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The Five Paths In The Mahayana School Of Buddhism

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As Buddhism spread across Asia, particularly towards the north and through the region of Tibet and China, there was an emergence of the Mahayana tradition that adopted the regional and local customs which began to augment, reevaluate and reshape fundamental early Indian Buddhist concepts. Thus, early Indian Buddhism had inevitably evolved and formed a new school of Buddhism known as Mahayana. The Mahayana school of Buddhism shares vast similarities with Early Indian Buddhism in their fundamental beliefs but have contrasting differences on certain aspects such as the five pathways towards liberation and enlightenment.
In Buddhism, one of the most important beliefs is “The Five Paths (lam-lnga)” in which there are five levels of spiritual pathways to reach liberation and enlightenment or towards a purified state or “Bodhi.” The five levels of minds that are able to be achieved consists of a building up of pathway mind (tshogs-lam, path of accumulation), an applying pathway mind (sbyor-lam, path of preparation), a seeing pathway mind (mthong-lam, a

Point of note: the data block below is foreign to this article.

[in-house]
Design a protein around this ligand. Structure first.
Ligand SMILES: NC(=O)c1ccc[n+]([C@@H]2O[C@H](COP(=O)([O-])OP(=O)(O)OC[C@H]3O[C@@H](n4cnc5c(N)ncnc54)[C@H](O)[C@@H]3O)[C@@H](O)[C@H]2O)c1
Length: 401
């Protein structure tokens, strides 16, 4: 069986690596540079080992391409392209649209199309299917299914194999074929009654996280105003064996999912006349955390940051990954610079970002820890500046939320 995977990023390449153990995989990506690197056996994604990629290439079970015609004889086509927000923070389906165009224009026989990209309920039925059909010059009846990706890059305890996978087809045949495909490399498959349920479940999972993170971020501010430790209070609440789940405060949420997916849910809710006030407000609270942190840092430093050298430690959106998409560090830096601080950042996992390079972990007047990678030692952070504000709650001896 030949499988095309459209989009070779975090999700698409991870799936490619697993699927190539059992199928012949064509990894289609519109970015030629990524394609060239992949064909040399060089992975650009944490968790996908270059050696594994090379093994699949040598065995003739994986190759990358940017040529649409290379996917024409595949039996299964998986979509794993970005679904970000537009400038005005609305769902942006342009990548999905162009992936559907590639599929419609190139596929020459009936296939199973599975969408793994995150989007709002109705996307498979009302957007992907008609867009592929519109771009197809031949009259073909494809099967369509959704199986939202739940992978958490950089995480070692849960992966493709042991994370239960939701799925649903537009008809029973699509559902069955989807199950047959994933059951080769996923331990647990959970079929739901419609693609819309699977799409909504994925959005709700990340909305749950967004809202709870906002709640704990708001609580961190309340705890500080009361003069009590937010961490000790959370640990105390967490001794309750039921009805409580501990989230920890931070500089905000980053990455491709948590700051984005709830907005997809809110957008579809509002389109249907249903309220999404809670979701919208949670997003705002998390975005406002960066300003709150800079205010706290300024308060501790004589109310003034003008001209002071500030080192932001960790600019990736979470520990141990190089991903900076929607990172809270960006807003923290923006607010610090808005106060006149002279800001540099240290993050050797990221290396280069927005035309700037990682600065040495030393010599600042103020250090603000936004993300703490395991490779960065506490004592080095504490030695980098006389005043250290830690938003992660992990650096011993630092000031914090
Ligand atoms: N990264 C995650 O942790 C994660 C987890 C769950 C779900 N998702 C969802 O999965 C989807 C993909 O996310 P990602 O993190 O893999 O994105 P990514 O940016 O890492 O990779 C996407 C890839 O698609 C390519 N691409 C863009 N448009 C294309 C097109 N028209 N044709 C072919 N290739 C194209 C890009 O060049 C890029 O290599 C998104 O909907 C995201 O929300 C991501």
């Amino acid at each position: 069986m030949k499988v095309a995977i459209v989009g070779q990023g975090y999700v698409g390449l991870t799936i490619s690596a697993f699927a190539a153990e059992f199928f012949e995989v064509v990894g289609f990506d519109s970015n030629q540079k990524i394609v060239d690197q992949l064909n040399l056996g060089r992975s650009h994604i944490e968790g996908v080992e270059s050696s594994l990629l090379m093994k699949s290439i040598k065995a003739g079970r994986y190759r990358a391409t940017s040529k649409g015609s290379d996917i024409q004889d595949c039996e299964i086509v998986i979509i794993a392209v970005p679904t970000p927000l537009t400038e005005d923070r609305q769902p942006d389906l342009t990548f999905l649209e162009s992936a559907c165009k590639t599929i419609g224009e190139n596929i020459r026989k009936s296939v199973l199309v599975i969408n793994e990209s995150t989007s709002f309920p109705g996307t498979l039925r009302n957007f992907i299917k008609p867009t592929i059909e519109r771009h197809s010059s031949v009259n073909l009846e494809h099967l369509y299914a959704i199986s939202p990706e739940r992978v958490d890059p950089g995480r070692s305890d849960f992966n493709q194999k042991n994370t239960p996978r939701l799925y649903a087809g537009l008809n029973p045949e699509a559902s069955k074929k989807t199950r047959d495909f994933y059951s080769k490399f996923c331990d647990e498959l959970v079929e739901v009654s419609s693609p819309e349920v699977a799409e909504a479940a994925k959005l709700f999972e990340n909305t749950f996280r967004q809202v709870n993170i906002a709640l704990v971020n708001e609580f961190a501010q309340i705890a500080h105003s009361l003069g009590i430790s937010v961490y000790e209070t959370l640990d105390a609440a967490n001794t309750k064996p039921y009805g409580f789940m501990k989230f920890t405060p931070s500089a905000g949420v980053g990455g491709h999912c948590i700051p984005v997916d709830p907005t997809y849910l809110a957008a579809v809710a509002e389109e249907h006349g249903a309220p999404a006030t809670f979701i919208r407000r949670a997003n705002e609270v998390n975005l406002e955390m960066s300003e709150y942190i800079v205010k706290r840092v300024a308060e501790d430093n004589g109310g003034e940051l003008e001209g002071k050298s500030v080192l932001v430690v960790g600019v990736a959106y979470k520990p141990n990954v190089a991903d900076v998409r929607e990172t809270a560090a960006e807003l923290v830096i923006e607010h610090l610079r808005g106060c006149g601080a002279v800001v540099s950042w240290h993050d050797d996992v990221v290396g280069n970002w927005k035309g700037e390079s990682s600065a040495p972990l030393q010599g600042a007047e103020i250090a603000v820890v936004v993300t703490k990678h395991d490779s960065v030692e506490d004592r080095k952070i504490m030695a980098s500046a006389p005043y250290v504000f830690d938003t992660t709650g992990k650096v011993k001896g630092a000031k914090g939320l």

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Exclusive to Mahayana buddhism, one is able to partake in the building up of the two enlightenment-building networks for a finite number that is unable to be counted or measured. On the other hand, shravakas are able to attain arhatship in as short as three lifetimes, which is appealing and tempting to many individuals. Therefore, early Indian buddhism and Mahayana share vast similarities but many aspects in their differences of interpretations and beliefs of the five pathways towards liberation and enlightenment was reshaped, reevaluated and reinterpreted especially as a result of the Buddhism diaspora had spread all throughout the continent of Asia and new interpretations and ideas were introduced resulting in the evolution of the Mahayana school of
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